Our Friend is Here! is a guest feature at The Quiet Pond, where authors, creatives, and fellow readers, are invited to ‘visit’ the Pond! In Our Friend is Here! guest posts, our visitors (as their very own unique character!) have a friendly conversation about anything related to books or being a reader — and become friends with Xiaolong and friends.
Our Friend is Here: Black History Month Edition is a month-long event at The Quiet Pond during the month of February, where Black authors are invited to celebrate being Black and Black books! Find the introduction post for Black History Month here.
If you love a story set in an elite prep school that delves into themes of privilege and power, then listen up: you’re going to want to read this interview. And if you love a story with a cast of Black and brown girls who love and protect one another above all else, then you absolutely need to read Seton Girls by Charlene Thomas. When Charlene and I connected last year and she shared what her awesome debut was about, I wanted to read it immediately – and I absolutely had to invite Charlene to the Pond so we could learn more about her upcoming book.
I love interviews where our visiting friends bring all their passion and love for their story to the table, and my interview with Charlene today is just that. Charlene visits us as a brown teddy bear wearing a pink striped scarf, a sweater, and skirt! I absolutely loved reading Charlene’s interview, and it’s amplified my excitement for this book so much more – I hope that you will enjoy this interview as much as I did and make you excited for Seton Girls as well.
So, in case you haven’t heard of Seton Girls, allow me the pleasure of introducing Charlene’s upcoming YA debut!
Seton Girls by Charlene Thomas
A smart and twisty debut YA that starts off like Friday Night Lights and ends with the power and insight of Dear White People.
Seton Academic High is a prep school obsessed with its football team and their thirteen-year conference win streak, a record that players always say they’d never have without Seton’s girls. What exactly Seton girls do to make them so valuable, though, no one ever really says. They’re just “the best.” But the team’s quarterback, the younger brother of the Seton star who started the streak, wants more than regular season glory. He wants a state championship before his successor, Seton’s first Black QB, has a chance to overshadow him. Bigger rewards require bigger risks, and soon the actual secrets to the team’s enduring success leak to a small group of girls who suddenly have the power to change their world forever.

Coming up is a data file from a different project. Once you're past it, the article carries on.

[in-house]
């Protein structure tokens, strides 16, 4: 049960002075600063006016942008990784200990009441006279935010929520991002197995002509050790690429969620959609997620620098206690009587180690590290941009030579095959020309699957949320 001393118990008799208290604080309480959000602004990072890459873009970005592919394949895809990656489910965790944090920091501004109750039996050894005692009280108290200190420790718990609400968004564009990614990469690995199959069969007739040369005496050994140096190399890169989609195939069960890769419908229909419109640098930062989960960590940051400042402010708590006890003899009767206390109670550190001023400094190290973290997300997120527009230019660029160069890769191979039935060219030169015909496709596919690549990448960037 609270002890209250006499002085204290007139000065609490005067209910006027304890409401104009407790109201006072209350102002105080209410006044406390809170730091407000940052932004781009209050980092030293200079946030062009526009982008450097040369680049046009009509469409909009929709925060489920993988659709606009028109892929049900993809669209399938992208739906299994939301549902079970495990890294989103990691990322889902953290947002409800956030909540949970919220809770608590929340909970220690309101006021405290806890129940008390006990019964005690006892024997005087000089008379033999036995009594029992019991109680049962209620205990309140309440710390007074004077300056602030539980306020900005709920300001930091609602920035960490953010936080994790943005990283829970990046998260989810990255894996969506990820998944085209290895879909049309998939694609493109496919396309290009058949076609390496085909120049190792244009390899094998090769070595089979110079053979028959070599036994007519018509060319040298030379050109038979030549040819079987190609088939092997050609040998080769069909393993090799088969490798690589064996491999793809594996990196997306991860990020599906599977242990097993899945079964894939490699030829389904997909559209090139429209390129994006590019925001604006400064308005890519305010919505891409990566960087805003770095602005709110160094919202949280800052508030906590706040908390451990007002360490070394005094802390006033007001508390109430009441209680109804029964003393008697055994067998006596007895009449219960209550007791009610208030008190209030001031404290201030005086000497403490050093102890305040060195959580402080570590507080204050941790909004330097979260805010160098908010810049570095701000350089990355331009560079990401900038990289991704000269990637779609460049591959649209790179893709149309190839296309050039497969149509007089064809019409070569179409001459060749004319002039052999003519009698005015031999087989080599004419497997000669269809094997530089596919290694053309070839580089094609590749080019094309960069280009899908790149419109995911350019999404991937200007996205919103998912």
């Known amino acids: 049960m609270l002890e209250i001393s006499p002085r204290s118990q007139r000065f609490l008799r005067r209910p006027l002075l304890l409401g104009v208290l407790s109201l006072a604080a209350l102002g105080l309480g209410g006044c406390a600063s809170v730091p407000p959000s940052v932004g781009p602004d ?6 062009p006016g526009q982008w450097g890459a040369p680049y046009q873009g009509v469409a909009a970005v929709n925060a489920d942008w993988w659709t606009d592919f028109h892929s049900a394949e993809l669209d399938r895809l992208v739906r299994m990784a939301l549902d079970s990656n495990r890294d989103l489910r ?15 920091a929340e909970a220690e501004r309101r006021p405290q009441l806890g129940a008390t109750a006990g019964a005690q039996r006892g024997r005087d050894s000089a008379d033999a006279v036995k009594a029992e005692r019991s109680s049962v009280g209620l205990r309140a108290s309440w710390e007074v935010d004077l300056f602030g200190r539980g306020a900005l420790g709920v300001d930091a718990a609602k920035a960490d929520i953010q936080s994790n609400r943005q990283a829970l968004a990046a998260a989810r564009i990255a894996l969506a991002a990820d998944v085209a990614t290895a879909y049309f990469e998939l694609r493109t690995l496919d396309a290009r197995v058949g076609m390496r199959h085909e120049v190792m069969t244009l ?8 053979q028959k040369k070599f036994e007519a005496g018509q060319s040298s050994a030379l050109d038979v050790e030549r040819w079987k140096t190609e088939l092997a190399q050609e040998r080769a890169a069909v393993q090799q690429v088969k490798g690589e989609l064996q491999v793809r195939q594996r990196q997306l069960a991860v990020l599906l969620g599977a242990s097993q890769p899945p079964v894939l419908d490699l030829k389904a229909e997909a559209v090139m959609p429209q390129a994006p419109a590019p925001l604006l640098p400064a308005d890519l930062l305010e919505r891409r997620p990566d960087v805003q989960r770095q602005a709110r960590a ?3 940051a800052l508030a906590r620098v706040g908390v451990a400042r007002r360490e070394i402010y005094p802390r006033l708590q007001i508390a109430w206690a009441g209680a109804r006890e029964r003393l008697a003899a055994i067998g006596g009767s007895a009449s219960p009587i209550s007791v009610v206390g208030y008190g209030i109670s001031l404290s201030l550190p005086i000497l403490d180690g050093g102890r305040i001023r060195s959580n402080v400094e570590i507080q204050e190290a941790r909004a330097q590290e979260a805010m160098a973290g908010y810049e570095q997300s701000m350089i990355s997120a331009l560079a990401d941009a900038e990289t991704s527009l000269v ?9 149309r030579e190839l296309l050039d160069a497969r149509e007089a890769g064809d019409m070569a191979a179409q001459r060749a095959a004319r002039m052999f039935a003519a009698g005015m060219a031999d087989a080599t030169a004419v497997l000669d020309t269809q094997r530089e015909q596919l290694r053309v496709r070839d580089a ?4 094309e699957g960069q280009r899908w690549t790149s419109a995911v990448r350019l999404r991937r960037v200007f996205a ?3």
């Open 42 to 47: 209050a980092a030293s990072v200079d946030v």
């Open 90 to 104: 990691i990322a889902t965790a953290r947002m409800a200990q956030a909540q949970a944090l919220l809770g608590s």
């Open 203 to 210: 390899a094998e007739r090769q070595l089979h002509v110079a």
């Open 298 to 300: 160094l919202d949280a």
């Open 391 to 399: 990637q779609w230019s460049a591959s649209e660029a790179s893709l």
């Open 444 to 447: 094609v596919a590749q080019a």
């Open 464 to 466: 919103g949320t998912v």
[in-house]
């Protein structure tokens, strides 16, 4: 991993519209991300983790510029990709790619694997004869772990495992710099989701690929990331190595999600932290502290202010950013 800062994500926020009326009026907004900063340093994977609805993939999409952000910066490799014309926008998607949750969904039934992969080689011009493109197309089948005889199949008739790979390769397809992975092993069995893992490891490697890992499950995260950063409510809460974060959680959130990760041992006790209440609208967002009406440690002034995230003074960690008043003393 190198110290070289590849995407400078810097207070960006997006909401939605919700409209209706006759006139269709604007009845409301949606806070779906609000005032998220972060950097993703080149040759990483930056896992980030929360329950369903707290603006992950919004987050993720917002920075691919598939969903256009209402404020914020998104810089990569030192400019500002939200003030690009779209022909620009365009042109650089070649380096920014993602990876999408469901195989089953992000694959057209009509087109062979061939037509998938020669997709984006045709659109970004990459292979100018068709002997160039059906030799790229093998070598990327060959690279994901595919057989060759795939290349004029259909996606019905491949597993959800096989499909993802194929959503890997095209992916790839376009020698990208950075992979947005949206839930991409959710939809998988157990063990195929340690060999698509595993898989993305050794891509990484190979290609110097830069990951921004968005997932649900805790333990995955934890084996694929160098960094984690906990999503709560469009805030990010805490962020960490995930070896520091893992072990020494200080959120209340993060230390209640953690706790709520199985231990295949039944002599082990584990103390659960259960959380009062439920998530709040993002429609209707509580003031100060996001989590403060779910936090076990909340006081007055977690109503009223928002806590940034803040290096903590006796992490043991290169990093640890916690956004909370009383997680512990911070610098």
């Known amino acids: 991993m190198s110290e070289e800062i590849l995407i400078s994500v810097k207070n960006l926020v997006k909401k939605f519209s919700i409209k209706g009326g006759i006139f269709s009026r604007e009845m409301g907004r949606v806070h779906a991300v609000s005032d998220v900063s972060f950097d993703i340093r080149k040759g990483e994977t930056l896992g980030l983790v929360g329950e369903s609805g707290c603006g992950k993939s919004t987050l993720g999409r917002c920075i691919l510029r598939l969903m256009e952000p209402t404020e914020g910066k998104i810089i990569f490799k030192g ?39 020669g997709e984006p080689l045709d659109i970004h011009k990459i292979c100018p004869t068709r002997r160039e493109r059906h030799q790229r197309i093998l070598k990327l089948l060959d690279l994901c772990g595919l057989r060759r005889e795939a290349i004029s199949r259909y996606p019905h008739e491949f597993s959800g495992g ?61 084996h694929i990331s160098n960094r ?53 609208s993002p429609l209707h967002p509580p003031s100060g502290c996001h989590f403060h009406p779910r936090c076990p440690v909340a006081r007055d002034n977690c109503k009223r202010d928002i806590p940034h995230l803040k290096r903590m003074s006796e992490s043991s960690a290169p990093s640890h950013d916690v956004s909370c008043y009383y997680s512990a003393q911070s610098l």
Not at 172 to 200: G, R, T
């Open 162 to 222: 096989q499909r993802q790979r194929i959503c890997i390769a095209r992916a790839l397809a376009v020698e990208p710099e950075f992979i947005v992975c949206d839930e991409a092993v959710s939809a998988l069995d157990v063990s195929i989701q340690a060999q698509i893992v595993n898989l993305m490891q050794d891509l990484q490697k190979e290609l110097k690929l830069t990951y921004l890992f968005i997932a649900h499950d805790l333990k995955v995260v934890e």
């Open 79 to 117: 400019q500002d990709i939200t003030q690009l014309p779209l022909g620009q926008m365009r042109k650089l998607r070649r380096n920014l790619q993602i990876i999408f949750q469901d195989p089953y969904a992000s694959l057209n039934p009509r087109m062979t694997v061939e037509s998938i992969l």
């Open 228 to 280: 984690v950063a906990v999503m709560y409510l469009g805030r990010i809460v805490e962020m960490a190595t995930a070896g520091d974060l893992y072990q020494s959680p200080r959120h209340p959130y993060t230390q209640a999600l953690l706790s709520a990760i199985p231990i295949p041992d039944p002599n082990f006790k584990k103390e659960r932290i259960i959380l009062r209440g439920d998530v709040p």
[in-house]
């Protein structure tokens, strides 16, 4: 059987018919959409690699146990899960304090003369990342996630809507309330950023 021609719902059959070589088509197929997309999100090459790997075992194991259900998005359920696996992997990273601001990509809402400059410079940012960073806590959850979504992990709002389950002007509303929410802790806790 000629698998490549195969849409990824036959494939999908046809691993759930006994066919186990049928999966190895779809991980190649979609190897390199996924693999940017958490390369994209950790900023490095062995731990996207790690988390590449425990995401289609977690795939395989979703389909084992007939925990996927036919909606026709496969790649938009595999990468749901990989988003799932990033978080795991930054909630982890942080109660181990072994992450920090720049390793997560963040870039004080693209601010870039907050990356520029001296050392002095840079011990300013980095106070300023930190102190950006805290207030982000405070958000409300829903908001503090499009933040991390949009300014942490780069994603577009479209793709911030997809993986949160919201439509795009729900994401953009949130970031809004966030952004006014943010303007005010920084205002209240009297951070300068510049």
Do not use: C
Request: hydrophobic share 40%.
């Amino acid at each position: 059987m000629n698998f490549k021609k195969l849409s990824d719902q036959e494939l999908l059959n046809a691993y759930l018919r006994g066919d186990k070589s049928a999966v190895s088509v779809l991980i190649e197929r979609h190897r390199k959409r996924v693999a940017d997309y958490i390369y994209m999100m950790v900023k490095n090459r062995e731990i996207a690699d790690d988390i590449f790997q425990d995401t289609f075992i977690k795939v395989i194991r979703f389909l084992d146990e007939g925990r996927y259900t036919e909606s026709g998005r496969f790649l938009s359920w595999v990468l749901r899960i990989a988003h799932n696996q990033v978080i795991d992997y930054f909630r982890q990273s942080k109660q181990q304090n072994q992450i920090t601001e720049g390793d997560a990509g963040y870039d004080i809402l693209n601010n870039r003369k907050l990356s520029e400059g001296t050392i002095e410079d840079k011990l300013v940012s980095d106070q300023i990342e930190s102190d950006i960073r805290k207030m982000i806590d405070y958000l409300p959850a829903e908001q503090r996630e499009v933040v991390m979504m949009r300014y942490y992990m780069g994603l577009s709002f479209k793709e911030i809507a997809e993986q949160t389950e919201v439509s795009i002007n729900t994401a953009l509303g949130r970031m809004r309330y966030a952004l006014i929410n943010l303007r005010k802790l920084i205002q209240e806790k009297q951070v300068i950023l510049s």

Author Interview: Charlene Thomas
CW: Hi Charlene! A warm welcome to the Pond! Thank you so much for visiting us for Black History Month – we’re super excited to have you. For our friends out there who may only be meeting you for the first time, can you tell us a little bit about yourself?
Charlene: Thank you so much for having me! The Quiet Pond is such a great blog and I’m so glad to “be” here.
And absolutely! My name is Charlene and I’m originally from Montgomery County, MD, which is a suburb right outside of Washington, DC. I actually recently moved back to the area, but before that I spent time in North Carolina for undergrad, Atlanta for my MBA, and a few years in NYC just for fun! (Kidding, I actually work as a marketer and was located there for a little bit.)
I’m a big foodie and have a genuine appreciation for the pure ART that is reality TV. I love interior design and nail polish. I’m a big dreamer and my soul revolves around the people who I’m blessed enough to love.
Oh, and I also write books 🙂
CW: I am so, so excited for your upcoming YA debut, Seton Girls; it sounds like such a compelling read and I can’t wait to dive in this fall. Can you tell us a little bit about what Seton Girls is about, and what is your favourite part of your book?
Charlene: I’m so excited that you’re excited! I’m really excited, too.
SETON GIRLS is about a lot of things, which is what I love so much about it. On one hand, it’s a story about an elite prep school and its undefeated football team, and the girls who uncover the sinister way that the team has managed to keep its twelve-year winning streak. So, for anyone who’s a fan of prep school chaos and all their dark secrets, SETON GIRLS has plenty of that.
But on the other hand, it’s a story about privilege and the way it corrupts the ones who have it and scars the ones who don’t. It’s about power, and the way it exists even when you can’t see it, or when the people who are wielding it don’t look all that strong. In a lot of ways, it’s really a commentary on the things that certain boys have been able to get away with for far too long, and what it does to the rest of us when we just let it be.